Data-driven Terraform: Terraform in Anger Part 2

David Layton

David / 28 May 2020

Here, in part 2, our goal is maintainability. We'll take a data-driven approach. Adding new users will be mere data entry. Along the way, we'll split our project into multiple files, logically. That'll make it easier to add more functionality in part 3 and beyond.

In part 1, we covered the basics. It was a great start but still didn't feel like a Real Projectâ„¢. Let's fix that. To do this, we'll employ some of Terraform's more advanced features--namely functions, variables, and [count]( Oh my!

Data-driven Terraform

In Terraform, you can assign variables in their own files. They can be in HCL or JSON. Here I've elected to use HCL, but keep in mind that you can easily generate JSON programmatically.

View this gist on GitHub

This data will drive what gets created

Let's use the above as the data that drives what Terraform creates for our client.

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We also need to declare these variables as inputs.

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Declaring our data as inputs

Now we can access this data to drive what gets created. We'll start slow with the bucket.

Data-driven Bucket

We'll start by placing our previous bucket definition in a new file called However, let's go ahead and make a couple of changes. For starters, we will data-drive the bucket region. Secondly, we'll use our first functions, [sha1]( and [format](, to create a bucket name that doesn't expose who our client is to the rest of the world.

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A bucket for our client

This file is a great place to keep our bucket's aws_iam_policy_document as well--it only makes sense in the context of this bucket.

Okay, functions and variables are neat, but let's do something really special. Let's use one simple block to create an arbitrary number of resources.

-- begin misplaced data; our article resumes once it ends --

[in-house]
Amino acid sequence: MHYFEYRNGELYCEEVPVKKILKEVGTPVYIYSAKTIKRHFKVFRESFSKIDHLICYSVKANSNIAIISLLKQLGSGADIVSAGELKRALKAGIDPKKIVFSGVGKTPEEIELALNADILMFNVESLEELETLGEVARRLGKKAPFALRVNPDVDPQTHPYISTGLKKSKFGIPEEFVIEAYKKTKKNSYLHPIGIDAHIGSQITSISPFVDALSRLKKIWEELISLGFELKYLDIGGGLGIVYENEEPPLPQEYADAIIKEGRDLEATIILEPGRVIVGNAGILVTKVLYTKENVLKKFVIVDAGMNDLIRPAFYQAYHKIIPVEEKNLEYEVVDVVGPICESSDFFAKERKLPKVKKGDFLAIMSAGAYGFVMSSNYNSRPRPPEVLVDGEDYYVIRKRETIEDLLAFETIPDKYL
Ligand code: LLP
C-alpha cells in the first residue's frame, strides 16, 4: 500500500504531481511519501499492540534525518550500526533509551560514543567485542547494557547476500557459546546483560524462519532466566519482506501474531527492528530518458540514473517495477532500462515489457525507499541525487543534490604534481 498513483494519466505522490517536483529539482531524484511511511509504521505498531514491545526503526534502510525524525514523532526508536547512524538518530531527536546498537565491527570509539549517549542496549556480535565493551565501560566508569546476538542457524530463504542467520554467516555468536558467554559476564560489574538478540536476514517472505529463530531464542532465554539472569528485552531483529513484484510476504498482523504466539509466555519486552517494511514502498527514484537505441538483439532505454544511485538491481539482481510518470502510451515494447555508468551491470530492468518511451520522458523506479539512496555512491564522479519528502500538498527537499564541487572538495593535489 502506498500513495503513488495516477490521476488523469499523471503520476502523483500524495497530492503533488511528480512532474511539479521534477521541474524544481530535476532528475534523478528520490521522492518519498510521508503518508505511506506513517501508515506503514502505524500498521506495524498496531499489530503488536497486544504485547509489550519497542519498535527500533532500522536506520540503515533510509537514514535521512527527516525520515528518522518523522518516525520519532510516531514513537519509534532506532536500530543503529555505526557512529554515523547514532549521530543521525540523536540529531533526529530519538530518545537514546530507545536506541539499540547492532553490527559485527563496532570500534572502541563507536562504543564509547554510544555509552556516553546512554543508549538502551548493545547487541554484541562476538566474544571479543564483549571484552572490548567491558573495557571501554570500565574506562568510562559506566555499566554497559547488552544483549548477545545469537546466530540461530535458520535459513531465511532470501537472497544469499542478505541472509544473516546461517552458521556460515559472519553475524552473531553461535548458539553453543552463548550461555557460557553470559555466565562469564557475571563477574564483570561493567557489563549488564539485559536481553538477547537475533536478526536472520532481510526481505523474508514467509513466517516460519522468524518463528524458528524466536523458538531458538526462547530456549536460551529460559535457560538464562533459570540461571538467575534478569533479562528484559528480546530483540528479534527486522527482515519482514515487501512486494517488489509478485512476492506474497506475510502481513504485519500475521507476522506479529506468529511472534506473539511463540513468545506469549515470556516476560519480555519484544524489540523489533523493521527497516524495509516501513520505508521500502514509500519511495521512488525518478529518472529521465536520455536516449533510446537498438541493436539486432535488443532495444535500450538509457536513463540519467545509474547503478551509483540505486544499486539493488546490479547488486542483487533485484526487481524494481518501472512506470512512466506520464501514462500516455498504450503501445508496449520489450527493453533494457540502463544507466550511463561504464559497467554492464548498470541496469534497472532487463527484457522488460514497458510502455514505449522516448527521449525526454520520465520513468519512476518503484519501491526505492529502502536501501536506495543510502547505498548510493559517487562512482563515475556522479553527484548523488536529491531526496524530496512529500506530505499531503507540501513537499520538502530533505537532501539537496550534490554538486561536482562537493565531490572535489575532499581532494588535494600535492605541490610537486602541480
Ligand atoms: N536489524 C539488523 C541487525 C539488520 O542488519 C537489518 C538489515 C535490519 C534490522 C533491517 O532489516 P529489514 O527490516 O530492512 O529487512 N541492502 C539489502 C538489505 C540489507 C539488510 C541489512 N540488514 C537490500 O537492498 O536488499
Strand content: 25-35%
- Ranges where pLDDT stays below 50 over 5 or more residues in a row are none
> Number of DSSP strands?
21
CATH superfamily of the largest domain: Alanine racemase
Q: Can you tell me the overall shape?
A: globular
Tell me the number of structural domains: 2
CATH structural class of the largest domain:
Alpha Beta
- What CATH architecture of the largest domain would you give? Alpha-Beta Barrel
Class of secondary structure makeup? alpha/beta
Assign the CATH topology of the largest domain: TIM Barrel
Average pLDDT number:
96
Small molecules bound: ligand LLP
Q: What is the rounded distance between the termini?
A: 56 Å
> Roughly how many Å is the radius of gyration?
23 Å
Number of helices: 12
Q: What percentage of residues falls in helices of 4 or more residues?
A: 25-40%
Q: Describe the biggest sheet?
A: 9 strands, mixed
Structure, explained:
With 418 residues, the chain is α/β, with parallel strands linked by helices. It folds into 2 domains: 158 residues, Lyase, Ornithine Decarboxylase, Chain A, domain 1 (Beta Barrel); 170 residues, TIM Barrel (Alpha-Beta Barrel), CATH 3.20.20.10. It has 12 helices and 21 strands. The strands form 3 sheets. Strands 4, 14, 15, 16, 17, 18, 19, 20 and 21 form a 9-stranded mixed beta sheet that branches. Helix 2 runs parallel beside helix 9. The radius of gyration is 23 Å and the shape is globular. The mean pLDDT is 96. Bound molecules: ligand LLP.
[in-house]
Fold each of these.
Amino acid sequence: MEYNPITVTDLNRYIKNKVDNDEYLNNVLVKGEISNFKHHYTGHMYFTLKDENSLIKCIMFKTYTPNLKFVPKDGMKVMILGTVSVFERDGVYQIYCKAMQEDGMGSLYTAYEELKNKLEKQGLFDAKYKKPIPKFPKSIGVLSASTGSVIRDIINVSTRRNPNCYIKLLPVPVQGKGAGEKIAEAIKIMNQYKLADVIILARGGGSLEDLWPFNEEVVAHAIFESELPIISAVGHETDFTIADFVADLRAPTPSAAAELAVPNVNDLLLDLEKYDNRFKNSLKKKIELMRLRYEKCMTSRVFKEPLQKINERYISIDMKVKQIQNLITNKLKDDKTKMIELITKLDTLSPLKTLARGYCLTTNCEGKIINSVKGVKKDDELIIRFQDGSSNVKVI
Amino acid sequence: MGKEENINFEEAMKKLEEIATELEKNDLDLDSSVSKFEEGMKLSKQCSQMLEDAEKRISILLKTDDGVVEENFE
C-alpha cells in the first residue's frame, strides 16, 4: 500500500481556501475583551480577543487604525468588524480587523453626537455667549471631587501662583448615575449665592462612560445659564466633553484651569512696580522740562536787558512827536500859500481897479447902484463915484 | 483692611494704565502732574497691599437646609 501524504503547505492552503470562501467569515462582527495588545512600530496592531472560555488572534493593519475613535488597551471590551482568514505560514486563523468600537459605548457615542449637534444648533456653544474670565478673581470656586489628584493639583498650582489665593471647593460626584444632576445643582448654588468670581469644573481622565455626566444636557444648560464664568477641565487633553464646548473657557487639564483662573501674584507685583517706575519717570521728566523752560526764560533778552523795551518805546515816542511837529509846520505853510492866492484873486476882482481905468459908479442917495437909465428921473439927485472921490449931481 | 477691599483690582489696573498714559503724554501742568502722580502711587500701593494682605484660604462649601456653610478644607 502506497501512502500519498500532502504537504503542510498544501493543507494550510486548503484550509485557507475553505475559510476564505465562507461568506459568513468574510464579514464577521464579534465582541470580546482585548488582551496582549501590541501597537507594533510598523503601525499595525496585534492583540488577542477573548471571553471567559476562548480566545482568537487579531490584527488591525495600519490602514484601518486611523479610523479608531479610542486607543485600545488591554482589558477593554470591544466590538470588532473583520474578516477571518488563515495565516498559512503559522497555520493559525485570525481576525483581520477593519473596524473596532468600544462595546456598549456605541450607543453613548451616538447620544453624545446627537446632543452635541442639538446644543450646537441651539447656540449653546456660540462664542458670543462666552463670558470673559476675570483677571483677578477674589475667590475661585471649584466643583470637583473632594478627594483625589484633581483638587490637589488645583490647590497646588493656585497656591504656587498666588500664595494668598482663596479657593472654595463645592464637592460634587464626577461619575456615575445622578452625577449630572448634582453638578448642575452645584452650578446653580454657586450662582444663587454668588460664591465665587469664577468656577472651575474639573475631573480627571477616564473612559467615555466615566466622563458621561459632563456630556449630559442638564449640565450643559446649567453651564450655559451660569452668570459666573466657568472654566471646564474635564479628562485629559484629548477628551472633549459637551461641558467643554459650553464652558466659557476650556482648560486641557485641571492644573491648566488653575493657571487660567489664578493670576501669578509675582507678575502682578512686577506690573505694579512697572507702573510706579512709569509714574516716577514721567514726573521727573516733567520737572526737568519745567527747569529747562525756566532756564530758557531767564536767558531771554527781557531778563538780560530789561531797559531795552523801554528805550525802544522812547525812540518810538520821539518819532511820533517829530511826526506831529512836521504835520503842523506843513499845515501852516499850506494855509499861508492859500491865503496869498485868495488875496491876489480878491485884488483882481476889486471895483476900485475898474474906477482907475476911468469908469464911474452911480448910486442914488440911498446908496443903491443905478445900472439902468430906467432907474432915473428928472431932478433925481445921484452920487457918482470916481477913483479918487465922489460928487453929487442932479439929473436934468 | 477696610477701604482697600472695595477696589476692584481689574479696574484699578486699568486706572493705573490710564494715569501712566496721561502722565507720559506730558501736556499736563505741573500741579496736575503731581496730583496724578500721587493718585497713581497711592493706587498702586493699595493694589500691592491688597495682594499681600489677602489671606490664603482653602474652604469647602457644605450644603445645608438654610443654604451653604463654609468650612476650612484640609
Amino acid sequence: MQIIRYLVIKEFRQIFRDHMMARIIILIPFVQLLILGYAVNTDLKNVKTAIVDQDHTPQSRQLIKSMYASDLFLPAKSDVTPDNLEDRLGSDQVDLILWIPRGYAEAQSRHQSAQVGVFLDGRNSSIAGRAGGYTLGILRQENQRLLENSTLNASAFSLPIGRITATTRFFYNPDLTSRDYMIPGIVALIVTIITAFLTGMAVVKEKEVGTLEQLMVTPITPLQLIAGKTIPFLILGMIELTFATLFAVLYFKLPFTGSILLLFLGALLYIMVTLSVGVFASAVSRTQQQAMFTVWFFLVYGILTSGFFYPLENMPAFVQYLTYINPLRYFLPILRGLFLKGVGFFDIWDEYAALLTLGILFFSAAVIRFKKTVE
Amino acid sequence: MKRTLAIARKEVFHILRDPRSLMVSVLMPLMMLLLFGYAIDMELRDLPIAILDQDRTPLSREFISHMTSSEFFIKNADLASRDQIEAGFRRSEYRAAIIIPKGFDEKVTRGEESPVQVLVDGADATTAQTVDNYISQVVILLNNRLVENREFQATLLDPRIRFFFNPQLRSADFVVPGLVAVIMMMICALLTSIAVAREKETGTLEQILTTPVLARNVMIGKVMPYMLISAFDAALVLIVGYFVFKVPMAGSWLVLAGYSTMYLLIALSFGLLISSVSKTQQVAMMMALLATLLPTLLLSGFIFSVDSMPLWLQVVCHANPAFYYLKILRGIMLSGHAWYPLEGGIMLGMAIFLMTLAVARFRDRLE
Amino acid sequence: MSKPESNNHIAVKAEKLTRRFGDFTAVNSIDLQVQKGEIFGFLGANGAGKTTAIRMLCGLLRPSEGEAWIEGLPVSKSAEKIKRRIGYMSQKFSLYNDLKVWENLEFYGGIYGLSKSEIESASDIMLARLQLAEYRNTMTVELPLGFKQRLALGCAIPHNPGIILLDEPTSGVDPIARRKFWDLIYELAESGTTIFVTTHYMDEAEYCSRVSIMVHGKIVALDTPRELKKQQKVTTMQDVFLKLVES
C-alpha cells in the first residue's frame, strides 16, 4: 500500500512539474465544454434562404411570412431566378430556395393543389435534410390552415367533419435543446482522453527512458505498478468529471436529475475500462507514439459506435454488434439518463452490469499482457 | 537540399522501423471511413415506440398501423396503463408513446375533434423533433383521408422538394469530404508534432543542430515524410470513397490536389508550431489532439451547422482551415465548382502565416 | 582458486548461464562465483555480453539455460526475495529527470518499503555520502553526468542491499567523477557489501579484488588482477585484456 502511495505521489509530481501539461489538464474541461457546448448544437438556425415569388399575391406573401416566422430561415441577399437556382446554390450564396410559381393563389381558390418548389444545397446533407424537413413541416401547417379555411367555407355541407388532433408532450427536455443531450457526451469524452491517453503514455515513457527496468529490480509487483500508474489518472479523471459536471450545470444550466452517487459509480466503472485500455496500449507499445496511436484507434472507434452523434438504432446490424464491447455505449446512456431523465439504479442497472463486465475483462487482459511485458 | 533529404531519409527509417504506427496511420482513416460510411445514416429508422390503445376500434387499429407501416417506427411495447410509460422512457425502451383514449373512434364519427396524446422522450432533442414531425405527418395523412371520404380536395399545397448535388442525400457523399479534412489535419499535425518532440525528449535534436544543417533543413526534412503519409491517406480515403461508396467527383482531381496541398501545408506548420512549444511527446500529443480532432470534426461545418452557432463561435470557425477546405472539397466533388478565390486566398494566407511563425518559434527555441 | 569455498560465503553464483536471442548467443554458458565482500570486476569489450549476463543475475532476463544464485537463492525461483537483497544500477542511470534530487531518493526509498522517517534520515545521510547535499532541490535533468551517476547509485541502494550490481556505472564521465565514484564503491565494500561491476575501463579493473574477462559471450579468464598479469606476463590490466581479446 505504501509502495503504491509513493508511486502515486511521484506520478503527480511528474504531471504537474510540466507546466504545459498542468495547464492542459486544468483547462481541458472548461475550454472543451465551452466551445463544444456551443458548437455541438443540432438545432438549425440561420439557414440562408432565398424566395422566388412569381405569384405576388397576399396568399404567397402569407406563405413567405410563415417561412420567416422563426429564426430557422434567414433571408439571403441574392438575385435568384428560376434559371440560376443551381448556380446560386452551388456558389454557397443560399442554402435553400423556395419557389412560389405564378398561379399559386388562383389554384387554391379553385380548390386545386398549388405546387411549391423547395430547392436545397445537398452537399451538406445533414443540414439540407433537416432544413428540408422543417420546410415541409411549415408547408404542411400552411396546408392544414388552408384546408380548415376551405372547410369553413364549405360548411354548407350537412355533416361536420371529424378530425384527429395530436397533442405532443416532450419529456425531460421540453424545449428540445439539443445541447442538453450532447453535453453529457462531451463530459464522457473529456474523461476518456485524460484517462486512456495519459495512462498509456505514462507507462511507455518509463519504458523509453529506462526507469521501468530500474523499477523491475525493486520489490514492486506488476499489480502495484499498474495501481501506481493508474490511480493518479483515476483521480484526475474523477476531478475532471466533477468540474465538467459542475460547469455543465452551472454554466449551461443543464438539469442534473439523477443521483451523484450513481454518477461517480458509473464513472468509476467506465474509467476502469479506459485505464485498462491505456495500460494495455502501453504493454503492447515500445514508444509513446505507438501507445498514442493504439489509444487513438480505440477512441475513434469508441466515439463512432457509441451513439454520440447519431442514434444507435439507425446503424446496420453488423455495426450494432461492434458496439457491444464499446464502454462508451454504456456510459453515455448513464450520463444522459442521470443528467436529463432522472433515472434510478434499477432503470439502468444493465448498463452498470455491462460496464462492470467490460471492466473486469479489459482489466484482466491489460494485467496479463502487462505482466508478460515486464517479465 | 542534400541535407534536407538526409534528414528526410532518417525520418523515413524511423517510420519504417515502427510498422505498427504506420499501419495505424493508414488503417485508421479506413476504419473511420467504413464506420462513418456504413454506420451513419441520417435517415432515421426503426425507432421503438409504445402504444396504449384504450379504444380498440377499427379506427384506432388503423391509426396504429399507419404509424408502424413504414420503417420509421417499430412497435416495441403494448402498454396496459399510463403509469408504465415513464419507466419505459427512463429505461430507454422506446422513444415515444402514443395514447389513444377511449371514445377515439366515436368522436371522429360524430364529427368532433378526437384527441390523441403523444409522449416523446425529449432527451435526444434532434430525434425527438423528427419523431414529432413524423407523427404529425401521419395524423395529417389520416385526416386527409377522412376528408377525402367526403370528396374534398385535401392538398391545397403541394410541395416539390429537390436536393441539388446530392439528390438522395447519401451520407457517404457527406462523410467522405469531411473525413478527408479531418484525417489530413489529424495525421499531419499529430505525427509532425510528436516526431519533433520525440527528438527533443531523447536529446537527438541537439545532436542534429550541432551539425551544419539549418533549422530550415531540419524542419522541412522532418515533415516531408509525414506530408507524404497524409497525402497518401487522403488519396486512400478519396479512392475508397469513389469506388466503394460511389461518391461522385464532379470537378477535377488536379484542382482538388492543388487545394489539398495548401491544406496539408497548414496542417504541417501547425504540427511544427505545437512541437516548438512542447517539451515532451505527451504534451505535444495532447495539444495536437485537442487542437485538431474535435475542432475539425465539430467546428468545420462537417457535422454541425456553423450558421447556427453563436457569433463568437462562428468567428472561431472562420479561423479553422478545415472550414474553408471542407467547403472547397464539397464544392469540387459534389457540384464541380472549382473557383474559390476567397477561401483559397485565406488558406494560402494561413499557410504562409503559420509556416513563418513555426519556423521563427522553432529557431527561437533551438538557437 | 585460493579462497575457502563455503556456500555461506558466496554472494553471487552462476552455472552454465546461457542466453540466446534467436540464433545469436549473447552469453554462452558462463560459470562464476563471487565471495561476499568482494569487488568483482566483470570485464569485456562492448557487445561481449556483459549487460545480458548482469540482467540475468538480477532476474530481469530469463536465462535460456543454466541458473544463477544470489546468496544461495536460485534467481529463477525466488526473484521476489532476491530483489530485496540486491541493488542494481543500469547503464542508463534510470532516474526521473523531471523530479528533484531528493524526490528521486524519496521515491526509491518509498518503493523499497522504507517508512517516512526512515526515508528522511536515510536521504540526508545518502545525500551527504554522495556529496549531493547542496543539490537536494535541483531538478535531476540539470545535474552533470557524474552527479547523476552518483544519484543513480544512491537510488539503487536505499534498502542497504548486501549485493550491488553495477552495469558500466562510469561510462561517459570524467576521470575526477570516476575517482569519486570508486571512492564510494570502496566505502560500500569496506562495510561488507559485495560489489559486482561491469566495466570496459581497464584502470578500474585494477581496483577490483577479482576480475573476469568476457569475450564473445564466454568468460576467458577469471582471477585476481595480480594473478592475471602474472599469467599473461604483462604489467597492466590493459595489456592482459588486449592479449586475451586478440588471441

Data-driven IAM Users

We need to make users for Alice, Bob, and Charlie.

In part 1, we took the approach of attaching our bucket policy directly to our user just to keep things simple. Here we strive for maintainability--and that means making the concepts a little clearer. So here, we will create a group, create the users, and then assign the user to the groups (using [aws_iam_group_membership]( We will also need to create an access key for each of the users.

The group is simple (and boring):

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Our group

However, since we are being data-driven, and have self-respect, we can't just copy-pasta three sets of resources. Fortunately, we have some options here, but we'll start out using Terraform's [count]( for now. We'll look at more elegant solutions later in the series.

Putting all this into a new file:

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Users, keys, and group membership

If you terrafrom apply now, you'll see that Terraform creates 3 users and 3 access keys.

dataunbound$ terraform apply --var-file client.tfvars ... aws_iam_group.client: Creating... ... aws_s3_bucket.client_bucket: Creating... aws_iam_group.client: Creation complete after 0s [id=test-client] aws_iam_user.client[1]: Creation complete after 1s [id=bob] aws_iam_user.client[2]: Creation complete after 1s [id=charlie] aws_iam_user.client[0]: Creation complete after 1s [id=alice] aws_iam_group_membership.client: Creating... ... aws_iam_access_key.client[1]: Creation complete after 0s aws_iam_access_key.client[0]: Creation complete after 0s aws_iam_access_key.client[2]: Creation complete after 0s aws_iam_group_membership.client: Creation complete after 2s aws_s3_bucket.client_bucket: Creation complete after 3s data.aws_iam_policy_document.client_bucket: Refreshing state...